"The burden in all of these elements, all of the elements, are [ sic] always on the Commonwealth. They must prove each and every element of any of the offenses or all of the offenses I mentioned to you and they must maintain that, and I instructed you on what reasonable doubt is."
The Commonwealth contends that any error was cured by the instructions taken as a whole, which set out several times the jury's requirement to consider the effect of any mental impairment. We agree. "[W]here there is evidence of the effects of the consumption of drugs [or alcohol] that, if believed, would be relevant to a defendant's state of mind or knowledge, then a simple instruction is required." Commonwealth v. Morgan, 422 Mass. 373, 377 (1996), citing Commonwealth v. Sires, 413 Mass. 292, 300-301 (1992). Here, the instructions on mental impairment as a whole satisfied these requirements. As with the earlier error, the misstatement is preceded and followed by accurate statements of the controlling law on the issue of mental impairment. Furthermore, the judge's supplementary instruction on the Commonwealth's burden served to dissipate any lingering confusion resulting from the misstatement. We perceive no prejudice to the defendant that would result in a miscarriage of justice. See Commonwealth v. Giguere, 420 Mass. 226, 232 (1995).
The Commonwealth argues that the misstatement was harmless because there was very little evidence of intoxication. While it is true that several witnesses testified that the defendant appeared sober and alert on the day of and the days following the murder, there was also evidence of drug and alcohol use which warranted the judge's instructions on mental impairment. This evidence included: testimony of the taxicab driver who drove the defendant from the mall to near his home on the day of the murder that he appeared to be "working off one"; testimony of the police officer who picked up the defendant at his house on the day of the murder that he smelled alcohol on the defendant's breath; testimony of another police officer that the day after the murder, the defendant, while following the officer to the police station, was driving slowly and weaving in such a way that the officer would normally have stopped him to investigate for drunk driving. In addition, there was evidence that the defendant was arrested for driving while intoxicated in New York State, three days after the murder and the defendant was an alcoholic and drug abuser who had been in treatment centers in the past.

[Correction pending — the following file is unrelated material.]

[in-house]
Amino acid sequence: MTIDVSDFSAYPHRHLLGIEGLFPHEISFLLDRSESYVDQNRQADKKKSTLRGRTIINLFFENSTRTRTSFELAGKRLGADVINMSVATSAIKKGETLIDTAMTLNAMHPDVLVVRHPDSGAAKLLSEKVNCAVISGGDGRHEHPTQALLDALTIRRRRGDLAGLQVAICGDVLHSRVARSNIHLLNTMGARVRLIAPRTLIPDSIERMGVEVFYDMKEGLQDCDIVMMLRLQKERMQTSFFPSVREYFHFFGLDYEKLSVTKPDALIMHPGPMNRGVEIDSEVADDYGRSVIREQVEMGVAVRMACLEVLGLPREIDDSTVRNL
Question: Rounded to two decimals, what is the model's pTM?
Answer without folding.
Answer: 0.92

b. Extreme atrocity or cruelty. The judge gave the instruction on extreme atrocity or cruelty that we disapproved in Commonwealth v. Hunter, 416 Mass. 831 (1994). The defendant did not object. We review the instruction only to see whether it caused a substantial likelihood of a miscarriage of justice. See Commonwealth v. Semedo, 422 Mass. 716, 726 (1996). Where, as here, the jury found the defendant guilty on the theory of premeditated and deliberate murder, as well as extreme atrocity or cruelty, it is highly unlikely that the defendant was prejudiced by the instruction. See Commonwealth v. Blackwell, 422 Mass. 294, 300 (1996) ( Hunter error not prejudicial where jury clearly found defendant guilty on another theory of murder).
The judge listed the factors set out in Commonwealth v. Cunneen, 389 Mass. 216, 227 (1983), but then added, "Extreme atrocity, however, is not limited to cases with such evidence."
c. Voluntariness-humane practice. Several inculpatory statements made by the defendant were admitted in evidence. Motions to suppress the statements were denied. The defendant does not appeal from the denial of these motions, but instead argues that the instruction on the voluntariness of these statements was error because it failed to enumerate the factors to be considered in making this determination, especially the effect of intoxication. The defendant did not object to this aspect of the instruction. We conclude that the instruction was sufficient in light of the evidence at trial. "Although the instruction appropriately might have contained more detail, it was correct." Commonwealth v. Grenier, 415 Mass. 680, 688 (1993). See Commonwealth v. Mello, 420 Mass. 375, 385 (1995). We discern no substantial likelihood of a miscarriage of justice arising from the charge on voluntariness.
The judge instructed the jury as follows:
"You have also heard testimony during the course of this trial about statements allegedly made by the defendant concerning the offense which is charged in this case.